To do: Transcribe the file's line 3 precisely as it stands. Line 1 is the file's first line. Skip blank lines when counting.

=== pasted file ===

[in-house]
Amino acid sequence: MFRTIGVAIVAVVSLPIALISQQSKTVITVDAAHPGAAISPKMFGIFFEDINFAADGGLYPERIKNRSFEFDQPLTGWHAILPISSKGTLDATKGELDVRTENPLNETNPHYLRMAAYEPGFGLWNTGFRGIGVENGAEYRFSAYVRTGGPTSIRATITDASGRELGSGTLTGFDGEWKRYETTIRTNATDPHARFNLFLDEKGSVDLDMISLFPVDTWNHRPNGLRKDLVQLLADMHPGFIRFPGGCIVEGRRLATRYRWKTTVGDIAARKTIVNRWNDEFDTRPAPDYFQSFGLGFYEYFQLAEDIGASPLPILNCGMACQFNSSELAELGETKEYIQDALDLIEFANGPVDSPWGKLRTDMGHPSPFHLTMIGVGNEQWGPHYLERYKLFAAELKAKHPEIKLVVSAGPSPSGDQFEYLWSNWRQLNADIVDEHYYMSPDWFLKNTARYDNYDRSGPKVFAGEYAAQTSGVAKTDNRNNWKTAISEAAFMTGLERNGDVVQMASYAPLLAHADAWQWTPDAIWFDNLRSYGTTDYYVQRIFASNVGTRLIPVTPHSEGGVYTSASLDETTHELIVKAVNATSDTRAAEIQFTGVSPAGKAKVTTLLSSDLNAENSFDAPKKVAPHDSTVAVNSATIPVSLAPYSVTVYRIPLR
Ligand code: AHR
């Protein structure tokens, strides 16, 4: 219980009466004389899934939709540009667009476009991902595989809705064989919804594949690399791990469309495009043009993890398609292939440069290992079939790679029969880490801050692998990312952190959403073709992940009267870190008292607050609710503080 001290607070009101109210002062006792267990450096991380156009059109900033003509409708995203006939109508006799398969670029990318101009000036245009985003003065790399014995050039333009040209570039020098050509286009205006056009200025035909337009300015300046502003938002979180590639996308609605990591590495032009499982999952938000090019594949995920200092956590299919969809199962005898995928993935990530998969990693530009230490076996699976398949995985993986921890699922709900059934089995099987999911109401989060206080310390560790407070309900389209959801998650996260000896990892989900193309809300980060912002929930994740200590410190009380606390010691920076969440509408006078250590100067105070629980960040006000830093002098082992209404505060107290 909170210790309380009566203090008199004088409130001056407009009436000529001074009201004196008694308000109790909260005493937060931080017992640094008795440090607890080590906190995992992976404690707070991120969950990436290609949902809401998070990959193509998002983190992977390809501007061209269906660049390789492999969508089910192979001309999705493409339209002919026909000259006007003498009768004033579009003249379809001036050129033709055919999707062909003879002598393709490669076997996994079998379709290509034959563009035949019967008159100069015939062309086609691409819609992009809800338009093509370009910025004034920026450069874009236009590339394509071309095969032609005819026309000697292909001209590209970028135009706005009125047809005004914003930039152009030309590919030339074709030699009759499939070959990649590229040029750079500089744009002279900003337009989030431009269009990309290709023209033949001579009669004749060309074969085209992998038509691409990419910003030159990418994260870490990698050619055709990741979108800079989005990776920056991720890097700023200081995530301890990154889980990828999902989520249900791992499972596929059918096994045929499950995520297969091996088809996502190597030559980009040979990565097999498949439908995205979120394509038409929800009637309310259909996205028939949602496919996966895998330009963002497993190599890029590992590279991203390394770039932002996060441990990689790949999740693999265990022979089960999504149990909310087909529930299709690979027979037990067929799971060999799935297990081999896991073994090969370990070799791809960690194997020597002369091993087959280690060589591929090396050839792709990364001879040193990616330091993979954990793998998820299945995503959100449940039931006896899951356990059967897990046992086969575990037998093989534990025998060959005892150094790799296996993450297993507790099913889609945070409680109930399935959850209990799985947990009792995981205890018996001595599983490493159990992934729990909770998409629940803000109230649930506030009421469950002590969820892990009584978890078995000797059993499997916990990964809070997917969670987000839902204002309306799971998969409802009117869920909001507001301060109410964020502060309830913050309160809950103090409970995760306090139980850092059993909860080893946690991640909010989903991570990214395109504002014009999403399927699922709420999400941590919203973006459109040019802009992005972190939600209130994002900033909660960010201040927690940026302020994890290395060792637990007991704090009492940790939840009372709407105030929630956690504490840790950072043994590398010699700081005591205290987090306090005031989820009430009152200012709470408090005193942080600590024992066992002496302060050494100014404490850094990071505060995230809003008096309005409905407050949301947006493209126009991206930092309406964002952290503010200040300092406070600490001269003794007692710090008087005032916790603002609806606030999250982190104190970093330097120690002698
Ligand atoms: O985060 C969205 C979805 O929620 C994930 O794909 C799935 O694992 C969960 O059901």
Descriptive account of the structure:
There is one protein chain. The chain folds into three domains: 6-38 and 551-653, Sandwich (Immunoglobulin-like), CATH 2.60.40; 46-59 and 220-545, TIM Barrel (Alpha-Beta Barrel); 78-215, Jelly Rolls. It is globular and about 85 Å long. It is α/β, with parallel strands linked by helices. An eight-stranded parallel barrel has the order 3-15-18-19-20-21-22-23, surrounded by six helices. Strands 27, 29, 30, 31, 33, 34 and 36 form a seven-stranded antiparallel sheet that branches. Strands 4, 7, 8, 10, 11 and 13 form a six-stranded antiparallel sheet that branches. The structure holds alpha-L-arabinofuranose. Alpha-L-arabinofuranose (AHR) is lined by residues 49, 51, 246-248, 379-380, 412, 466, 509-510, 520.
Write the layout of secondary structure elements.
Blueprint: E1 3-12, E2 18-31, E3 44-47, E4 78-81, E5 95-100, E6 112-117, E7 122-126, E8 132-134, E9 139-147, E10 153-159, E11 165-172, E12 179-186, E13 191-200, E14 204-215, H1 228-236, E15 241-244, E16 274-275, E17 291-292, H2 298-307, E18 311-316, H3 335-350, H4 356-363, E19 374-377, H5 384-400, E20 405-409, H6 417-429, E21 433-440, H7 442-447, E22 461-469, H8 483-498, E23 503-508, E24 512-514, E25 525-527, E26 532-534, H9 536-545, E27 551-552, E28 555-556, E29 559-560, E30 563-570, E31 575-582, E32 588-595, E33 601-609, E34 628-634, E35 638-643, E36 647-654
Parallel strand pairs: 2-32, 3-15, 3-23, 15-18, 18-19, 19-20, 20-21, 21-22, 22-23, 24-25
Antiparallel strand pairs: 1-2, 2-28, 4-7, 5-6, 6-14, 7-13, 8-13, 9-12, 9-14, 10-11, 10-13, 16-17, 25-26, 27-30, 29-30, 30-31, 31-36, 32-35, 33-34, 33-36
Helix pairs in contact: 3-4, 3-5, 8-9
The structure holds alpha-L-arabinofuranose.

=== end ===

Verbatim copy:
Ligand code: AHR